Spotlight On: Robert J. Engel

Please tell us about your background, where you practice, and something about your areas of practice.

I was admitted to the State Bar in 1979.   I was as an Assistant Prosecutor in Sanilac County for two years.  In 1981, I moved to Emmet County where I was appointed the Chief Assistant Prosecutor.  I served in that position until August 1996 when I was appointed prosecutor.  I then served two full terms as Prosecuting Attorney and then went into private practice in Petoskey in January 2005.

My practice continues to evolve as time goes forward.  Having started private practice handling many different types of matters, most of my work now is devoted to criminal defense along with some domestic relations and juvenile/probate cases.

You have obtained several not guilty jury verdicts in recent months.  Please tell us about the main issues in the cases.

Three cases I will comment on with these “not guilty” verdicts are broken down below:

1. Safe Breaking and Home Invasion Second Degree
2. Criminal Sexual Conduct Second Degree
3. Larceny in a Building

What were the prosecution and defense theories?

The prosecutor charged based on money taken from a locked box in the garage of a home.  The homeowner had a pizza business where the staff at the end of the night would drop off the money and receipts from the day in a bank bag and place the bank bag in a lockbox at the owner’s home.  The prosecution based its case on my client having previously worked at the business and knowing the procedures for dropping the money off and the bank bag being found in my client’s bedroom by his ex-girlfriend.  She told the police that he admitted to her how he went into the lockbox with a knife to pull the money out.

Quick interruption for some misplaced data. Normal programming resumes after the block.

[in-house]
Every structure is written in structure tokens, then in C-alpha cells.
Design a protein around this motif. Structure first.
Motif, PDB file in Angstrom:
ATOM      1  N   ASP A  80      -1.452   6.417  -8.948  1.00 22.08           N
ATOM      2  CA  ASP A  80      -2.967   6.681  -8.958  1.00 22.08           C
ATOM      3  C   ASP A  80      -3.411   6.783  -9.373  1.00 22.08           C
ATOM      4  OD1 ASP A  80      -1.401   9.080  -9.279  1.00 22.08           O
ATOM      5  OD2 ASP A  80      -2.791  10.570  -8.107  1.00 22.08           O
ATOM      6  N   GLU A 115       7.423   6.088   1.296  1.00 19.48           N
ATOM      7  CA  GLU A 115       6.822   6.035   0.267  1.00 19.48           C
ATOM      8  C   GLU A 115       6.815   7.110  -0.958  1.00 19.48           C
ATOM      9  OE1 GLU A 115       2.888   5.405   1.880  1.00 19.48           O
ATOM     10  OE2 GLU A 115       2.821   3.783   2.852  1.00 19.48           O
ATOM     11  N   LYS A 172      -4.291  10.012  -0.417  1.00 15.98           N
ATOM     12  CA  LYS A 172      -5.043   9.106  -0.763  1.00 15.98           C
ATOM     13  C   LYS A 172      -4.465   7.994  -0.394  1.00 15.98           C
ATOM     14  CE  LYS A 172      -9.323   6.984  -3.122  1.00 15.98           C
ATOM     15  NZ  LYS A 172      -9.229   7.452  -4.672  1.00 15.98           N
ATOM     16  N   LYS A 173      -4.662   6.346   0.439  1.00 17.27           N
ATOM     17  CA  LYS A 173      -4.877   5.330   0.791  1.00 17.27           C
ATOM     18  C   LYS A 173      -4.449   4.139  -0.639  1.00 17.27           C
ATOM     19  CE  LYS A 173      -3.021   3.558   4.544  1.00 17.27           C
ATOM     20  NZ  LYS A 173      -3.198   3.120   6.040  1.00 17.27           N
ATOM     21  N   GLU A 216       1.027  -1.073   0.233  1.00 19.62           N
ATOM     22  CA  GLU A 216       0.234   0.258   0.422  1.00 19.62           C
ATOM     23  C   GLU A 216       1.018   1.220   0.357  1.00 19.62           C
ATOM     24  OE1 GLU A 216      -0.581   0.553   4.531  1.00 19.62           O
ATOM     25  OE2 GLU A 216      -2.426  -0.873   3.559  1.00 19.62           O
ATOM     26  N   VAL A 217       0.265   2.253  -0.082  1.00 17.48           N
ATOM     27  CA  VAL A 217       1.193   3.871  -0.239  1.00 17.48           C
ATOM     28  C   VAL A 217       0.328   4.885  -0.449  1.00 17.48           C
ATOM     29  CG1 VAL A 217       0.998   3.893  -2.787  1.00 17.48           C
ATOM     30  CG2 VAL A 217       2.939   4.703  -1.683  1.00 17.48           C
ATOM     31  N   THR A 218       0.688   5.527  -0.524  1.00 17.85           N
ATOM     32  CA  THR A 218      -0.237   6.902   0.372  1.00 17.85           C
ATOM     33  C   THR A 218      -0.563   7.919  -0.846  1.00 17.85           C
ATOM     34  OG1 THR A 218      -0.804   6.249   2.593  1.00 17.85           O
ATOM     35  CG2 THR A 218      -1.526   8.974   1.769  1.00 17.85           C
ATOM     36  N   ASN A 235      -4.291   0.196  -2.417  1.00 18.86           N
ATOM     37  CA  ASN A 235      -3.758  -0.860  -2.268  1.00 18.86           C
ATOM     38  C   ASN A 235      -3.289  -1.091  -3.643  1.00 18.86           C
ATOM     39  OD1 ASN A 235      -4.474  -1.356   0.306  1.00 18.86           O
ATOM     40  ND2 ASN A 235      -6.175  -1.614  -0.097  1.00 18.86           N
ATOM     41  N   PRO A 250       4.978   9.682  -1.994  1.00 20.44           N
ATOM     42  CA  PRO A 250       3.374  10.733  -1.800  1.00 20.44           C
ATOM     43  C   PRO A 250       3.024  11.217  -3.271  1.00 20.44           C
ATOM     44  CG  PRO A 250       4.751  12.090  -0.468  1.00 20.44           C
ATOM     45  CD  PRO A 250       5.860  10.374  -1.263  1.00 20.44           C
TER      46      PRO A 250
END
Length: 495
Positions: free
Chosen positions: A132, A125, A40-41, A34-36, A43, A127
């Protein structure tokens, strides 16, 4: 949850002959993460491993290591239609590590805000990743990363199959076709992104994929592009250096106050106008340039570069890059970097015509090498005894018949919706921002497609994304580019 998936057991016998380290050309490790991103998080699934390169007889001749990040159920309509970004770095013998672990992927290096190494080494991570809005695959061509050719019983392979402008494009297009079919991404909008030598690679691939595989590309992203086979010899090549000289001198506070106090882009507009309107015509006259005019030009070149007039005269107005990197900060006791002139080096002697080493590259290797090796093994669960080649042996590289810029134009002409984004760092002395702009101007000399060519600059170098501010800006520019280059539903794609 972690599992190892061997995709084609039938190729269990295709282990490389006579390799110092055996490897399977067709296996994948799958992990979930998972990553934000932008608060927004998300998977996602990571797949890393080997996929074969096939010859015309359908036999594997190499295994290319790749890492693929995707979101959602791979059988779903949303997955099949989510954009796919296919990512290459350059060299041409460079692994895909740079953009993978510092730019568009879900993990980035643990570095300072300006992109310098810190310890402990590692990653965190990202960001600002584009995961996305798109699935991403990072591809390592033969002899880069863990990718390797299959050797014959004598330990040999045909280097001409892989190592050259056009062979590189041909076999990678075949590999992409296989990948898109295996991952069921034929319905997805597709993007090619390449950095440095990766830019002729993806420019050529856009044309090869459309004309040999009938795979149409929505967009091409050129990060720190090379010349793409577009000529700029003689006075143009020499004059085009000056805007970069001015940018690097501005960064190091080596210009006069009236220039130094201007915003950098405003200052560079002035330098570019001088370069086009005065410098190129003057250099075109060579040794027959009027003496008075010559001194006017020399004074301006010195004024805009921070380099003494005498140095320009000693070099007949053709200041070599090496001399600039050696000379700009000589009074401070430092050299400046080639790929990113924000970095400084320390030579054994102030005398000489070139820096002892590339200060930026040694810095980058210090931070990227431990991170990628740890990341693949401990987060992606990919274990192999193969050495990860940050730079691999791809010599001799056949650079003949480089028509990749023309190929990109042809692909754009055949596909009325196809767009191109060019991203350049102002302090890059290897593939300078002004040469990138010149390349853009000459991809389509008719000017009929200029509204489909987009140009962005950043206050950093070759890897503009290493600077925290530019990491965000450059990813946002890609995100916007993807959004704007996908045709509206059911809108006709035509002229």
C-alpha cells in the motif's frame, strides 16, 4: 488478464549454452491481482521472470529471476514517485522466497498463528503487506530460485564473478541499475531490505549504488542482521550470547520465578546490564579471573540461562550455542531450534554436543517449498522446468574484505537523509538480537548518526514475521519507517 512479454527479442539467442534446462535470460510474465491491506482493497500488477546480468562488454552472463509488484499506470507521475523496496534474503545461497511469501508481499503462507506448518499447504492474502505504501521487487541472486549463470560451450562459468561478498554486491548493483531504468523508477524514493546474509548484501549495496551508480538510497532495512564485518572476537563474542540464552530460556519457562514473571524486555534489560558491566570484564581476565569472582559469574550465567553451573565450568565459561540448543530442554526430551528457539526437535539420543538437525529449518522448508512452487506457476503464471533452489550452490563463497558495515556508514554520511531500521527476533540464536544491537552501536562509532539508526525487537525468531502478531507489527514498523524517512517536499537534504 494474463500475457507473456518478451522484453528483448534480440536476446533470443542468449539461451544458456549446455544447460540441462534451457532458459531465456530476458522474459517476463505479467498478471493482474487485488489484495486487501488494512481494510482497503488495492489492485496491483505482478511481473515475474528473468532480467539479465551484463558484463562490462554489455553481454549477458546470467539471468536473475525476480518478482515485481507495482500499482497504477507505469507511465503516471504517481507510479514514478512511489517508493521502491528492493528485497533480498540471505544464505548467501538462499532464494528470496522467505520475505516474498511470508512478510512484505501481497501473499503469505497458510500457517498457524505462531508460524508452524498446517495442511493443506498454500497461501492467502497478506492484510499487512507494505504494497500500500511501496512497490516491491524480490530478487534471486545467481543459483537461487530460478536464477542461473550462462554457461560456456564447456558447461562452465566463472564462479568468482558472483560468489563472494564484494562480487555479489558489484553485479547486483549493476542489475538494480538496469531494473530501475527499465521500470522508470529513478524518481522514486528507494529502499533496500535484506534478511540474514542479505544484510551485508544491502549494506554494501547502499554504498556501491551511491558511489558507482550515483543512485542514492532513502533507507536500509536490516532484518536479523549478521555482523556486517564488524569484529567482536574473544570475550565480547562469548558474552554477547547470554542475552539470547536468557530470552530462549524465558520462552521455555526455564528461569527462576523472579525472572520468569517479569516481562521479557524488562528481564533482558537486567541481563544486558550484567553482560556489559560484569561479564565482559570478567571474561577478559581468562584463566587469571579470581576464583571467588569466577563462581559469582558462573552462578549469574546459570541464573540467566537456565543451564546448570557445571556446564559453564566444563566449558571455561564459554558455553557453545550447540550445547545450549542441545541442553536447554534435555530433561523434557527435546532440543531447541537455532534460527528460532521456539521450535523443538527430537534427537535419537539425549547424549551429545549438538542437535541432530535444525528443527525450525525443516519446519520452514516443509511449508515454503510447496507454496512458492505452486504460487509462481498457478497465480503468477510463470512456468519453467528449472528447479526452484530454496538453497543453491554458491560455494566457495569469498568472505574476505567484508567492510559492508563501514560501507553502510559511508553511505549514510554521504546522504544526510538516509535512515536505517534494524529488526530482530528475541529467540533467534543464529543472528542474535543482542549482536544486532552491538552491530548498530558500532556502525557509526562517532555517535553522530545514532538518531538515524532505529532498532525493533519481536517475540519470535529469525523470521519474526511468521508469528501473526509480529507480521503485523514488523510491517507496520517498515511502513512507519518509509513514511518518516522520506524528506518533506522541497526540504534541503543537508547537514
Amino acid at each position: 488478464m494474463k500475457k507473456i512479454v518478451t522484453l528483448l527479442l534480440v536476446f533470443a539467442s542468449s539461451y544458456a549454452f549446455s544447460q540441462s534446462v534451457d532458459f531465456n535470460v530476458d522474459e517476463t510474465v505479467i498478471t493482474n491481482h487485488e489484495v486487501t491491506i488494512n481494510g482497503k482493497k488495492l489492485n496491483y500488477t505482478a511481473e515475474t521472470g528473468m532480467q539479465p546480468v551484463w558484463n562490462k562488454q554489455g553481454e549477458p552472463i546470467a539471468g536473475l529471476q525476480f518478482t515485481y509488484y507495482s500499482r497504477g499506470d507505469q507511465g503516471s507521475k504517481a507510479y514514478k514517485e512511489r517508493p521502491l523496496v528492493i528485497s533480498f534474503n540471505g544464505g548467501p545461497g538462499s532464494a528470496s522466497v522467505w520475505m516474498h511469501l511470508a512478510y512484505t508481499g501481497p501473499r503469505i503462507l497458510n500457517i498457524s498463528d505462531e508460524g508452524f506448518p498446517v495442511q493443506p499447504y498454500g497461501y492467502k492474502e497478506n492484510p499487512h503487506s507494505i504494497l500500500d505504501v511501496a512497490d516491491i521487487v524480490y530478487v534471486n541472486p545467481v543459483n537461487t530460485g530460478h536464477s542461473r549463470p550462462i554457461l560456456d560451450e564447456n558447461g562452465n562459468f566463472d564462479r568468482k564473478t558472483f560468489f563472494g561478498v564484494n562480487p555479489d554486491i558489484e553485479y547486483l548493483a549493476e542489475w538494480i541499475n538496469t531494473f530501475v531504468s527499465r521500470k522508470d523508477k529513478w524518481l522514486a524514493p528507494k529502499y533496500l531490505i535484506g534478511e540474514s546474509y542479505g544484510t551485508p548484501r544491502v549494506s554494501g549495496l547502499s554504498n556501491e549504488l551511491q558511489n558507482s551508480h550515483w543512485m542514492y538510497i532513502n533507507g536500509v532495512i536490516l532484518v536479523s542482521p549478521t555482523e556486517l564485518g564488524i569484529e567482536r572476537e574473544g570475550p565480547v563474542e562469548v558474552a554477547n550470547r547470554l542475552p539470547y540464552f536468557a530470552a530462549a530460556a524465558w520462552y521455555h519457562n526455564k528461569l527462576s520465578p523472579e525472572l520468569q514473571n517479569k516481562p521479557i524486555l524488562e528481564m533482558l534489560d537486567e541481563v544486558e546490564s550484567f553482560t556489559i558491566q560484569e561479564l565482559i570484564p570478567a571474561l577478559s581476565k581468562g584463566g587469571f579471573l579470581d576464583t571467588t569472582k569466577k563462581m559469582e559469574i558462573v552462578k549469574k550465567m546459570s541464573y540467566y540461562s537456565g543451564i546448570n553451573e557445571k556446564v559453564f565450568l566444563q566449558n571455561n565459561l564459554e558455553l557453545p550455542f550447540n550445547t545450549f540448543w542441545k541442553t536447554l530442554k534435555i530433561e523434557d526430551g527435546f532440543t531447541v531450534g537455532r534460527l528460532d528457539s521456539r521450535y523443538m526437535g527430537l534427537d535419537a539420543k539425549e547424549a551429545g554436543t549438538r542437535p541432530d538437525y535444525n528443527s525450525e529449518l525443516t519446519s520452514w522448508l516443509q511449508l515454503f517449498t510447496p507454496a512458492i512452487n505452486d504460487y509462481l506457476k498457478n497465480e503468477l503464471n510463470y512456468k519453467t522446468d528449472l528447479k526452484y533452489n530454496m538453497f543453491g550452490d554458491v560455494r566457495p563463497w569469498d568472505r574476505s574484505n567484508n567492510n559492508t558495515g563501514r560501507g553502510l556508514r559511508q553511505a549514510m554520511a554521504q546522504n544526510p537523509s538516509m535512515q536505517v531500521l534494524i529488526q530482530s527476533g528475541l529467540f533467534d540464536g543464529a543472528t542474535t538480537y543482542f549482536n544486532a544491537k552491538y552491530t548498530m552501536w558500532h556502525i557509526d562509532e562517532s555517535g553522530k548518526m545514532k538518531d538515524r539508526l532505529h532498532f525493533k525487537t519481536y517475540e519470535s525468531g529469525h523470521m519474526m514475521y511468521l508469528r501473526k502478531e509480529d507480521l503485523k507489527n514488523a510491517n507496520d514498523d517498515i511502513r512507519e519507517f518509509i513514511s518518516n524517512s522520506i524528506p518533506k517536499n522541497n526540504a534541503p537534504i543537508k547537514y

The defense argued that there were several inconsistencies in her story along with her acknowledgment at trial that she was dating another guy who was just as likely to commit the crime.  Client testified that he found the bank bag about a week after it was missing near the local football field.  No prints.  He told the jury that he “freaked out” when he found the bag and did not report finding it.  He said there was no money in the bag when he found it.  Witnesses for the prosecution said that they did not hear anyone drop off the bank bag at the house that night.  30 minute verdict.

Prosecutor charged CSC 2nd Degree.  Client alleged to have engaged in sexual contact with adopted daughter.  Ongoing divorce at the time when daughter was 14.  Case not prosecuted until she was 17.  The daughter said it was a one-time occurrence where dad walked into the bedroom, touched her butt, and left the room.

The defense argument was that this was an unhappy child who had gone through her parent’s divorce.  She ended up at a girl’s detention facility when she made these allegations (we believe to get out).  There was testimony that other girls had talked about being sexually abused by a father before she made her report.  There were some inconsistencies in her testimony and the mother’s hatred for my client was apparent.  There were earlier denials by the girl of any sexual abuse.  2.5 hour verdict.

Attorneys need to be familiar with the Child Forensic Interview Protocol.  I did not take my copy to trial with me.  You need to take it to preliminary exams, motion hearings to exclude testimony, and trial.  I had a CPS worker and a state trooper testify that they followed the protocol.  However, the CPS worker did not know about the provisions for the police not to wear firearms in an interview with a child.  The trooper thought it was discretionary.  I was able to keep the statements of the child made to them out of the trial, but it would have been better to have made a motion to exclude prior to trial.

Client charged with Larceny in a Building based on a theft of his grandmother’s wedding rings.  Client and girlfriend had lived out of state, returning to Michigan in early 2012.  They moved in with his grandmother.  Grandma notices that the wedding rings for her and her now deceased husband are missing.  She does not report it.  About a month later (while my client and his girlfriend are in jail on unrelated matters), grandma is looking through some items in a suitcase belonging to client and girlfriend.  You know it – she finds her missing rings in a plastic bag containing other female-type jewelry.  Girlfriend gets charged first with LIB.  She pleads to R&C 200-1000.  No deal regarding testimony.  Client is then charged with LIB.